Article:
Intensive hunting changes human-wildlife relationships

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PARSONS, Arielle Waldstein, Martin WIKELSKI, Brigitta KEEVES VON WOLFF, Jan DODEL, Roland KAYS, 2022. Intensive hunting changes human-wildlife relationships. In: PeerJ. PeerJ. 10, e14159. eISSN 2167-8359. Available under: doi: 10.7717/peerj.14159

@article{Parsons2022Inten-59330, title={Intensive hunting changes human-wildlife relationships}, year={2022}, doi={10.7717/peerj.14159}, volume={10}, journal={PeerJ}, author={Parsons, Arielle Waldstein and Wikelski, Martin and Keeves von Wolff, Brigitta and Dodel, Jan and Kays, Roland}, note={Article Number: e14159} }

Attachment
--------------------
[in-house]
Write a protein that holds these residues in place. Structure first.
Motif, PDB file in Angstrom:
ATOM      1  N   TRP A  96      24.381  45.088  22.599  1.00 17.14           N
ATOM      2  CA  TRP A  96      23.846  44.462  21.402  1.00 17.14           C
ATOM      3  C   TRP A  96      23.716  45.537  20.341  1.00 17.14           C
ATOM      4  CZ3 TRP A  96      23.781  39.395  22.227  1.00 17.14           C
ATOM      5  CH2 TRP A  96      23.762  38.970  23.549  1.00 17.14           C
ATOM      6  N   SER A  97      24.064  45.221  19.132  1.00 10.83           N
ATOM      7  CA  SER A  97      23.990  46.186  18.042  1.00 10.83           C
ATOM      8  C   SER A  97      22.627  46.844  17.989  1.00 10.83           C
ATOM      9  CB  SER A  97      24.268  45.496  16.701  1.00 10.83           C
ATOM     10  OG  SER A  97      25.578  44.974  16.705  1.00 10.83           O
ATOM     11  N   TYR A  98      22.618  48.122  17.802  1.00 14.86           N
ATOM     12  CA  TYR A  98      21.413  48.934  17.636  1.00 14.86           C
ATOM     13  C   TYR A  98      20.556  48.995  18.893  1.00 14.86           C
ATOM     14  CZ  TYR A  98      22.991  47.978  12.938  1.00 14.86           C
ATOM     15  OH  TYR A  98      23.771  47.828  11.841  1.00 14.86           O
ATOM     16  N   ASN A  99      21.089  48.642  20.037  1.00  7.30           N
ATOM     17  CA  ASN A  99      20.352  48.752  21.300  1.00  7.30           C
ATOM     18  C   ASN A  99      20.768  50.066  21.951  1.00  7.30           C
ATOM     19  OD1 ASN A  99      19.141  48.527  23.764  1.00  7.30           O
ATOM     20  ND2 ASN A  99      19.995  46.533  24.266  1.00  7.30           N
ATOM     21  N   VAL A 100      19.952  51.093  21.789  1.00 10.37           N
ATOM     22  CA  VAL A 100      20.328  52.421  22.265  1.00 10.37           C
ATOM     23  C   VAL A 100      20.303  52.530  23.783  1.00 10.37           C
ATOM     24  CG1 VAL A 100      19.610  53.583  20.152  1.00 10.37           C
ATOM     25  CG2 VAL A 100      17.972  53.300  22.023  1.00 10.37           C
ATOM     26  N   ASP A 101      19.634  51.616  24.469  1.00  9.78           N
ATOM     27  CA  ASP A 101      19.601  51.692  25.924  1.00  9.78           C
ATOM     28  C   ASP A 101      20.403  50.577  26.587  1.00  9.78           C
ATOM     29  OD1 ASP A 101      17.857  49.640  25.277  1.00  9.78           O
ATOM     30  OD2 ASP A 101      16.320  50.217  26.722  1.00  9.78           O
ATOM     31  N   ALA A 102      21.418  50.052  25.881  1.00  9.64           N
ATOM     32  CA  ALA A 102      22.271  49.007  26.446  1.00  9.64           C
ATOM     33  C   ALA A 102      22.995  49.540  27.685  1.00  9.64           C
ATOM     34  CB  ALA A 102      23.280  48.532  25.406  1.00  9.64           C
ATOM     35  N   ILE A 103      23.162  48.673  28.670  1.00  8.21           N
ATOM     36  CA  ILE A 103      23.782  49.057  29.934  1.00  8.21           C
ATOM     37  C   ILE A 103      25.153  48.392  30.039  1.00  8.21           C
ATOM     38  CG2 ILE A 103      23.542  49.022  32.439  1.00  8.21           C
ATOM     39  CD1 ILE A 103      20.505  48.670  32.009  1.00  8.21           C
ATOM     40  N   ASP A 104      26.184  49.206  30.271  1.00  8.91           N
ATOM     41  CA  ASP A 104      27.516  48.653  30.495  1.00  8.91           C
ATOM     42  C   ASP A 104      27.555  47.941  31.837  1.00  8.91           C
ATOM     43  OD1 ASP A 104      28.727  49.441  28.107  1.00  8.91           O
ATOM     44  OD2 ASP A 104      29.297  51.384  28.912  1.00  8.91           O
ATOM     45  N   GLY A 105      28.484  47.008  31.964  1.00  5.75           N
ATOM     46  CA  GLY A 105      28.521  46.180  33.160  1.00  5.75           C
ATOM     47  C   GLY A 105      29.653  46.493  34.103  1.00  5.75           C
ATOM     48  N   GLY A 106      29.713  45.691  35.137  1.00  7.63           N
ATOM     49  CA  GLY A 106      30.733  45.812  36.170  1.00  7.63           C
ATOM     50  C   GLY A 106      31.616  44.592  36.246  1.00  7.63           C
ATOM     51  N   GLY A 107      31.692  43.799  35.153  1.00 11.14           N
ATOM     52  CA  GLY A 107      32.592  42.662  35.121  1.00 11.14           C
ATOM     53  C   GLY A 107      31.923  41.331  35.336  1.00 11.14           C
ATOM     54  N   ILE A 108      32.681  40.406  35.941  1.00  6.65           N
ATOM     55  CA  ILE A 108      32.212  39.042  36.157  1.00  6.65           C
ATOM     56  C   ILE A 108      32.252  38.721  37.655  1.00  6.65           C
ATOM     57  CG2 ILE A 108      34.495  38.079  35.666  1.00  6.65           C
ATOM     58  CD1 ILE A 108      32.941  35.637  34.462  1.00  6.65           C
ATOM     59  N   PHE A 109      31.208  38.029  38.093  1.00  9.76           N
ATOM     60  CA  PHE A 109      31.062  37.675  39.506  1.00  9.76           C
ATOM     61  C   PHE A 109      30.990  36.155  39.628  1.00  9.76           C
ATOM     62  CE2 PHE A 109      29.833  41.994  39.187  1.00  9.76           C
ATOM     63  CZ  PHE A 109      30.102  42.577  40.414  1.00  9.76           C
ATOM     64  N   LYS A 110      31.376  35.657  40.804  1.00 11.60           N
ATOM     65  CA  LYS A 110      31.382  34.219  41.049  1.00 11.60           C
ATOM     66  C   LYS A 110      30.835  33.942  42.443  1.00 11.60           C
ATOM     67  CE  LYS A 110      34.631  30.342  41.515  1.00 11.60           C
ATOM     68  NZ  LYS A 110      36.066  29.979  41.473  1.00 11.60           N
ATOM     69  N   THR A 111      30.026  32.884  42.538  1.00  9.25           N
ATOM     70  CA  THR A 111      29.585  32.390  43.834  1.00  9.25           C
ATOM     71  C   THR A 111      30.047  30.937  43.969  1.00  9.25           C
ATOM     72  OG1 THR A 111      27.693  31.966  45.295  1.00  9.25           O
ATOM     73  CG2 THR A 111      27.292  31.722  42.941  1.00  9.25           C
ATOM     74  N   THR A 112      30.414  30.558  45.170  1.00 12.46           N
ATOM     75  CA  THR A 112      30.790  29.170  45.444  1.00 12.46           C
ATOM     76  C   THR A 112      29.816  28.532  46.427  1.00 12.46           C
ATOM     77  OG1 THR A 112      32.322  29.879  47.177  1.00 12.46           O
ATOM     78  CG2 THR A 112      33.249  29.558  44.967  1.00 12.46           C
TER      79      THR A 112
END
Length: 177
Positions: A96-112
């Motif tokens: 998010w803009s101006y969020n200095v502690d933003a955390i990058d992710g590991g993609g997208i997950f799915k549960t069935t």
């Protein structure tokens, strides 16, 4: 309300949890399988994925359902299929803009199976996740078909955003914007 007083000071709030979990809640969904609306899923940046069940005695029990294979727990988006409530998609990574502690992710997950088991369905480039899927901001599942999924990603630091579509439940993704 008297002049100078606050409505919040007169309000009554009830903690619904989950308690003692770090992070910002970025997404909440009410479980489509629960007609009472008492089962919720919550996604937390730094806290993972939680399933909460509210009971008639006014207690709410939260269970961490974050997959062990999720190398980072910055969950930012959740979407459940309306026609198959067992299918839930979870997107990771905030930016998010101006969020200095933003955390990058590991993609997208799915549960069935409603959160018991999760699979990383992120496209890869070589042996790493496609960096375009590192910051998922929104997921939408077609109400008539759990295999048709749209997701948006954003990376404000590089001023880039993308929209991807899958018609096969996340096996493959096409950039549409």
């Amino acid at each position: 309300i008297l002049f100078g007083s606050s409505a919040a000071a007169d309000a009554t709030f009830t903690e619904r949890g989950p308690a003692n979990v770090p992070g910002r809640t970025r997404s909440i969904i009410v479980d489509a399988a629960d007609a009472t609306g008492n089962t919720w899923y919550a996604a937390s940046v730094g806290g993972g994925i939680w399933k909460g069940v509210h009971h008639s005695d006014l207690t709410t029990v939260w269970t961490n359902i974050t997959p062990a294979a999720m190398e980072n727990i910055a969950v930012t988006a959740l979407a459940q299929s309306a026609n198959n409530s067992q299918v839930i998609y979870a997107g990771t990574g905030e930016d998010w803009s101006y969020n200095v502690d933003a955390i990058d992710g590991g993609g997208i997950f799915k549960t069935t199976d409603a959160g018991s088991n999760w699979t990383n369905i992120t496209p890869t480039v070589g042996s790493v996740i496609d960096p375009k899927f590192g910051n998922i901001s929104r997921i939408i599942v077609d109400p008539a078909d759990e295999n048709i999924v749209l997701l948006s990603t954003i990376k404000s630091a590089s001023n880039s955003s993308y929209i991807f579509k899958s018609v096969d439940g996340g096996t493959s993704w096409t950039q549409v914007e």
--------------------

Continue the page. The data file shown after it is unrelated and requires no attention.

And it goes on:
<rdf:RDF xmlns:dcterms="" xmlns:dc="" xmlns:rdf="" xmlns:bibo="" xmlns:dspace="" xmlns:foaf="" xmlns:void="" xmlns:xsd="" > <rdf:Description rdf:about=""> <dc:contributor>Keeves von Wolff, Brigitta</dc:contributor> <dc:creator>Parsons, Arielle Waldstein</dc:creator> <dcterms:isPartOf rdf:resource=""/> <dcterms:rights rdf:resource=""/> <bibo:uri rdf:resource=""/> <dc:contributor>Kays, Roland</dc:contributor> <dcterms:hasPart rdf:resource=""/> <foaf:homepage rdf:resource="http://localhost:8080/jspui"/> <dc:creator>Kays, Roland</dc:creator> <dcterms:title>Intensive hunting changes human-wildlife relationships</dcterms:title> <dc:contributor>Dodel, Jan</dc:contributor> <dc:creator>Keeves von Wolff, Brigitta</dc:creator> <dc:date rdf:datatype="">2022-11-29T09:27:49Z</dc:date> <dspace:isPartOfCollection rdf:resource=""/> <dc:language>eng</dc:language> <dc:contributor>Wikelski, Martin</dc:contributor> <dspace:hasBitstream rdf:resource=""/> <dc:contributor>Parsons, Arielle Waldstein</dc:contributor> <dcterms:available rdf:datatype="">2022-11-29T09:27:49Z</dcterms:available> <dc:rights>Attribution 4.0 International</dc:rights> <dc:creator>Wikelski, Martin</dc:creator> <dc:creator>Dodel, Jan</dc:creator> <dcterms:abstract xml:lang="eng">Wildlife alter their behaviors in a trade-off between consuming food and fear of becoming food themselves. The risk allocation hypothesis posits that variation in the scale, intensity and longevity of predation threats can influence the magnitude of antipredator behavioral responses. Hunting by humans represents a threat thought to be perceived by wildlife similar to how they perceive a top predator, although hunting intensity and duration varys widely around the world. Here we evaluate the effects of hunting pressure on wildlife by comparing how two communities of mammals under different management schemes differ in their relative abundance and response to humans. Using camera traps to survey wildlife across disturbance levels (yards, farms, forests) in similar landscapes in southern Germany and southeastern USA, we tested the prediction of the risk allocation hypothesis: that the higher intensity and longevity of hunting in Germany (year round vs 3 months, 4x higher harvest/km2/year) would reduce relative abundance of hunted species and result in a larger fear-based response to humans (i.e., more spatial and temporal avoidance). We further evaluated how changes in animal abundance and behavior would result in potential changes to ecological impacts (i.e., herbivory and predation). We found that hunted species were relatively less abundant in Germany and less associated with humans on the landscape (i.e., yards and urban areas), but did not avoid humans temporally in hunted areas while hunted species in the USA showed the opposite pattern. These results are consistent with the risk allocation hypothesis where we would expect more spatial avoidance in response to threats of longer duration (i.e., year-round hunting in Germany vs. 3-month duration in USA) and less spatial avoidance but more temporal avoidance for threats of shorter duration. The expected ecological impacts of mammals in all three habitats were quite different between countries, most strikingly due to the decreases in the relative abundance of hunted species in Germany, particularly deer, with no proportional increase in unhunted species, resulting in American yards facing the potential for 25x more herbivory than German yards. Our results suggest that the duration and intensity of managed hunting can have strong and predictable effects on animal abundance and behavior, with the potential for corresponding changes in the ecological impacts of wildlife. Hunting can be an effective tool for reducing wildlife conflict due to overabundance but may require more intensive harvest than is seen in much of North America.</dcterms:abstract> <void:sparqlEndpoint rdf:resource="http://localhost/fuseki/dspace/sparql"/> <dcterms:issued>2022</dcterms:issued> </rdf:Description> </rdf:RDF>

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